6 Wade Barrett

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Wade Barrett’s career is indicative of many of today's superstars. He came in white–hot, winning the first season of NXT and leading The Nexus into battle against Team WWE at SummerSlam. Then the Nexus lost to Super Cena and the group petered out afterwards. Barrett has never been able to gain any sort of traction, despite being one of the most gifted performers in the company. Injuries and being saddled with poor gimmicks can do that to a guy. At WrestleMania XXX, rumor has it Bad News Barrett was booked to win the Money in the Bank, but an injury ruined that idea. Now stymied with an increasingly bad King gimmick (sorry, Jerry), Barrett doesn't look to be climbing out of the muck anytime soon.

5 Roman Reigns

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How do you go from being part of the best faction in recent memory to having fans chanting "this is awesome" during your matches to now being booed out of the building? You have Vinnie Mac dub you the chosen one and force you down fans' gullets, no matter how much they boo him. Since the dismantling of The Shield, the WWE has tried to convince us that Reigns is heir apparent to the face that runs this place, but the poor guy's weaknesses shone through like the plague when not paired with Seth Rollins and Dean Ambrose.

4 Alex Riley

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A-Ry spent his brief run on the main roster as The Miz's errand boy. It was the perfect pairing of two heels being extra annoying, before Riley turned on Miz, much to the delight of the fans. Whether it was something Riley had within him or the fact that he was a new face, the fans were getting behind A-Ry, and a good solid run seemed to be in his future. However, backstage, Riley couldn't curry favor with a certain place-running-face and found himself pushed back down the roster. Though Riley was showing promise as a commentator on NXT, he wanted back in the ring, but an injury and fans thanking Kevin Owens for taking him out have put Riley into obscurity.

3 Rob Van Dam

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With the WCW Invasion falling faster than a Yokozuna Banzai Drop, ECW joined the fray on a shocking Monday Night Raw that saw Extreme stalwarts Rob Van Dam and Tommy Dreamer bum rush some of WWE's finest in one of the best OMG moments in (somewhat) recent memory. Then, like every other member of the Alliance, the two biggest names in ECW history were tossed to the background. RVD in particular, kept getting himself in trouble for potatoing guys and then when he finally got to the top of the mountain, he and Sabu would get arrested for smoking pot about a month later, ending any big time run The Whole F'n Show could have had.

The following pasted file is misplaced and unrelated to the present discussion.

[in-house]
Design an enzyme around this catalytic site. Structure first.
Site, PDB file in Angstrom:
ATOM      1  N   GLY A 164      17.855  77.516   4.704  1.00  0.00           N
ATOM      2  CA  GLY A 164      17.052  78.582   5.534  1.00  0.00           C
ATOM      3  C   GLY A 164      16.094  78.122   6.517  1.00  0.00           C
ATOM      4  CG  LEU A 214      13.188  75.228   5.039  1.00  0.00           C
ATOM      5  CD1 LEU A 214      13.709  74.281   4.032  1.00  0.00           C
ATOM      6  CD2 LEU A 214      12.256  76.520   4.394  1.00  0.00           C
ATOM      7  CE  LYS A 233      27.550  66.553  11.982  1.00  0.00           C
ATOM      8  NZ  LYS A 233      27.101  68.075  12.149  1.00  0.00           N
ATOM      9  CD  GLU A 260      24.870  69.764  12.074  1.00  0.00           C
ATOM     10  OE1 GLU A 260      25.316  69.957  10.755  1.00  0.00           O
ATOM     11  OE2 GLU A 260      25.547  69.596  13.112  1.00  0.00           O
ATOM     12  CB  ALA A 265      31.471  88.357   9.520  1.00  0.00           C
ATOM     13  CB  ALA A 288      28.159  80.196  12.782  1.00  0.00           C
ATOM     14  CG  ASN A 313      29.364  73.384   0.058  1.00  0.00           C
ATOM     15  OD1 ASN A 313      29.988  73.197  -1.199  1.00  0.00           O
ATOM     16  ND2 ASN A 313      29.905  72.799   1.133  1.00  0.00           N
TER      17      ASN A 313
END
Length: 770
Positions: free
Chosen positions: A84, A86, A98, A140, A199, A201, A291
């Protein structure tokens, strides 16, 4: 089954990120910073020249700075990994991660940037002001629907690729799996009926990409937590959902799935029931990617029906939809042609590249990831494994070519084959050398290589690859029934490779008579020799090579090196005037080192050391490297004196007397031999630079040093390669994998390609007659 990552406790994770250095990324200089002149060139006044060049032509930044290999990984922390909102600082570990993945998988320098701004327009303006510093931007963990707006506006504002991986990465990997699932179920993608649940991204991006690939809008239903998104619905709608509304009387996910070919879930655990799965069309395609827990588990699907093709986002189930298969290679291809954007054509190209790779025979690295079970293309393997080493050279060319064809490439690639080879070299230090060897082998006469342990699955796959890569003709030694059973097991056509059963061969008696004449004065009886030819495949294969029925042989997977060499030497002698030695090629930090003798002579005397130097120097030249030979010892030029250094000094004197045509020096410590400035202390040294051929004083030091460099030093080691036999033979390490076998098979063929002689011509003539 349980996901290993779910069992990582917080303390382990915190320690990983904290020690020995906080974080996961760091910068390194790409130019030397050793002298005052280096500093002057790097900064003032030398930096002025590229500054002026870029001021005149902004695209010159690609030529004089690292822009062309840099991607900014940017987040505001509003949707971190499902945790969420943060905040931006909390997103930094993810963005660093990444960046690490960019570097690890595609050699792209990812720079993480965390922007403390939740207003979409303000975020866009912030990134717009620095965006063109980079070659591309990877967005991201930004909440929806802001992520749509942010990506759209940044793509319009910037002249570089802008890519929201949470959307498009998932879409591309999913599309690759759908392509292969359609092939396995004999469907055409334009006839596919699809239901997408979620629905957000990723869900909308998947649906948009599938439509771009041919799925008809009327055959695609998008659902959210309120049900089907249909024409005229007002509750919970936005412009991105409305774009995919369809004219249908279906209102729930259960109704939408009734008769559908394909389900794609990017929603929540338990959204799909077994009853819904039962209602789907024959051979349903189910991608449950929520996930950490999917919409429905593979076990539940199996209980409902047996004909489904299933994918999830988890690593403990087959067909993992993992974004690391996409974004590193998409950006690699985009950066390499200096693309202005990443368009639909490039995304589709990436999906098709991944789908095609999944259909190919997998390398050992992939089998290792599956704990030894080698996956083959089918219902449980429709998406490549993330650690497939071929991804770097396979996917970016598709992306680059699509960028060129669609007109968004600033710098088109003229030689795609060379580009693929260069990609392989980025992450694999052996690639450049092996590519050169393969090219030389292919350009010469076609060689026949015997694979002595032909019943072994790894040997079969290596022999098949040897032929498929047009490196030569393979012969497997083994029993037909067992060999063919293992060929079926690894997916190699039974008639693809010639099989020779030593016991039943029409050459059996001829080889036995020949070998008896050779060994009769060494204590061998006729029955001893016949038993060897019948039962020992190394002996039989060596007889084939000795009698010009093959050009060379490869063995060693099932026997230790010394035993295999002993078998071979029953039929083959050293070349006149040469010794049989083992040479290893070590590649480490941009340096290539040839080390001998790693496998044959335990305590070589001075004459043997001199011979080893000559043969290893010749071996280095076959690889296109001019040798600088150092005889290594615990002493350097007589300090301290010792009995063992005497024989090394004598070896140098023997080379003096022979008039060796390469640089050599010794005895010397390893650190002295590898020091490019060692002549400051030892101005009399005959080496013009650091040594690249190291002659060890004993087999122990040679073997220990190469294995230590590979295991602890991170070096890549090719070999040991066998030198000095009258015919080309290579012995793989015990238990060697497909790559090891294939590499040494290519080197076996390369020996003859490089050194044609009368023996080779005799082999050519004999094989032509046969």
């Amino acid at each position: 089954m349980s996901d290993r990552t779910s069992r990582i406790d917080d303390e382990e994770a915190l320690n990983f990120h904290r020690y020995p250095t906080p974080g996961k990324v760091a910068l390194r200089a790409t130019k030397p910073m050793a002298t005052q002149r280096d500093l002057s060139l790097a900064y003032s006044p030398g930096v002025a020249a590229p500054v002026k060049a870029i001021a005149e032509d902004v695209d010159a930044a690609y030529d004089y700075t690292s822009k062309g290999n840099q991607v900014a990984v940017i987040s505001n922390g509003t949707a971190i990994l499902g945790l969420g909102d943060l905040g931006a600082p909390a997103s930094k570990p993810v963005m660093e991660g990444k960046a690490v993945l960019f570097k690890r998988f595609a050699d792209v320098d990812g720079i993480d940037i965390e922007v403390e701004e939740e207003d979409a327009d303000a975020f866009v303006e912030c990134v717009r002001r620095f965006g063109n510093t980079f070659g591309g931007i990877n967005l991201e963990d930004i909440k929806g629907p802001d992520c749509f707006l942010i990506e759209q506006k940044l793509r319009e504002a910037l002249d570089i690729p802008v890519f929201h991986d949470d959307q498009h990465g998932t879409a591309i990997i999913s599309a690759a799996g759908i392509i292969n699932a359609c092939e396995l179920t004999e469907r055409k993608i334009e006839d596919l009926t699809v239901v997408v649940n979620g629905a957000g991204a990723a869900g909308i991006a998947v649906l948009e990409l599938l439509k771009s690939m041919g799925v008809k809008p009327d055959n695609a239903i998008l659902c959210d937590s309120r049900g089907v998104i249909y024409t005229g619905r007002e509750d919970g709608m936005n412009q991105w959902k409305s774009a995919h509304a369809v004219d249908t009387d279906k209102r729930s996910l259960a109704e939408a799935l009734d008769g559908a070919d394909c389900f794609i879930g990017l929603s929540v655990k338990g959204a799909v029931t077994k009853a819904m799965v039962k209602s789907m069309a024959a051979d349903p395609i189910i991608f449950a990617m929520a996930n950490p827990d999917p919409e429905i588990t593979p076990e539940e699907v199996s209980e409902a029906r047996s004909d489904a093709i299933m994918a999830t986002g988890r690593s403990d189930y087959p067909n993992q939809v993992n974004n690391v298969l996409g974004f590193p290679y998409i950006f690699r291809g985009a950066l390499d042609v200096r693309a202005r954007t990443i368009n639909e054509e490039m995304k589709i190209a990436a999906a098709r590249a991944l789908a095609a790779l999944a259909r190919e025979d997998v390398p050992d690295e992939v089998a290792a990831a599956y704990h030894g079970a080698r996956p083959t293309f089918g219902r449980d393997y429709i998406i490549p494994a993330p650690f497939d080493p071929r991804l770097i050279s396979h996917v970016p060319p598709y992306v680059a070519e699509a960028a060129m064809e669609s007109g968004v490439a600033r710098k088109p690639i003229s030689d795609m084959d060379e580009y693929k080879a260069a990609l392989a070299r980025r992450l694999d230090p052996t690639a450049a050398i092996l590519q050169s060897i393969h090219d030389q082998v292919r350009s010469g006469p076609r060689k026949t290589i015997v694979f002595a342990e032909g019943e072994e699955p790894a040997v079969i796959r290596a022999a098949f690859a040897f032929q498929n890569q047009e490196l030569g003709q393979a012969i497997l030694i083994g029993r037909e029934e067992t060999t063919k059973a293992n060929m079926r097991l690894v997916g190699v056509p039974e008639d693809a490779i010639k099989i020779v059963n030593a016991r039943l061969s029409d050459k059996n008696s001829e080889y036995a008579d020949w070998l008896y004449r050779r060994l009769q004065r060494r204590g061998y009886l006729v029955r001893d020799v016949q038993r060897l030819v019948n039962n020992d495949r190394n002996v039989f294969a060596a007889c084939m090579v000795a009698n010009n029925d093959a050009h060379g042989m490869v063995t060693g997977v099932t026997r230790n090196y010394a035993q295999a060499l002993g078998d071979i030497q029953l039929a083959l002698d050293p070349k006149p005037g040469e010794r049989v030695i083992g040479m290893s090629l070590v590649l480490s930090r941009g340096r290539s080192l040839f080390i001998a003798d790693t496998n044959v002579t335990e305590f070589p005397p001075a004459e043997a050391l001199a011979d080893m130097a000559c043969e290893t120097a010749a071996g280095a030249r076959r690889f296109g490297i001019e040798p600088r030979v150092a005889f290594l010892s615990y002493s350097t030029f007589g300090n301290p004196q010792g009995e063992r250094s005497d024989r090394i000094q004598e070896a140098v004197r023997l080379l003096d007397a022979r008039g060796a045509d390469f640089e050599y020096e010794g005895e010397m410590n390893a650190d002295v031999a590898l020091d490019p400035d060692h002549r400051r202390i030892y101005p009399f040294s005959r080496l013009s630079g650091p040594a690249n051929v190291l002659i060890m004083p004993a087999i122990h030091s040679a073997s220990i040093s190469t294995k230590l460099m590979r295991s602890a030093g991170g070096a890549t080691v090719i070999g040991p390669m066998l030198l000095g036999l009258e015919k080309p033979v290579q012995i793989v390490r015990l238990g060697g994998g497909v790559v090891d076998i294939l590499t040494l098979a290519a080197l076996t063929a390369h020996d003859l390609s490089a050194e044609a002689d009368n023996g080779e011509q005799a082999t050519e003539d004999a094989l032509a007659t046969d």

2 Alberto Del Rio

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What came first, the burial of Alberto Del Rio or the laziness of the second–generation Luchador? That's the story of one of WWE's last true heels. He came in as a Mexican aristocrat and was poised to be one of the biggest heels ever, garnering boos for every cruel act he committed. He won the only 40 man Royal Rumble in history. But for some reason he jobbed out to Edge at WrestleMania XXVI and that was before everyone knew he needed to retire. Despite winning Money in the Bank later that year, the luster was off him and no matter what he did in the ring, fans just weren't getting behind him the way they were in the first few months of his run.

1 Bret Hart in WCW

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In 1997, there was no hotter superstar than Bret Hart. Then came Montreal. The Hitman's final night in the WWE continues to live in infamy. Does WCW think to capitalize on this? Do they call Bret the undefeated champion, similar to when Flair was the "real" Heavyweight Champion? Nope, they just sit Bret out and it would be almost three months between Survivor Series and Bret's first WCW match. Twelve weeks is an eternity in wrestling years and that's all it took to ruin the gold that WCW had. Bret was never used properly again in his career. He and Vince were right, WCW had no clue what to do with Bret.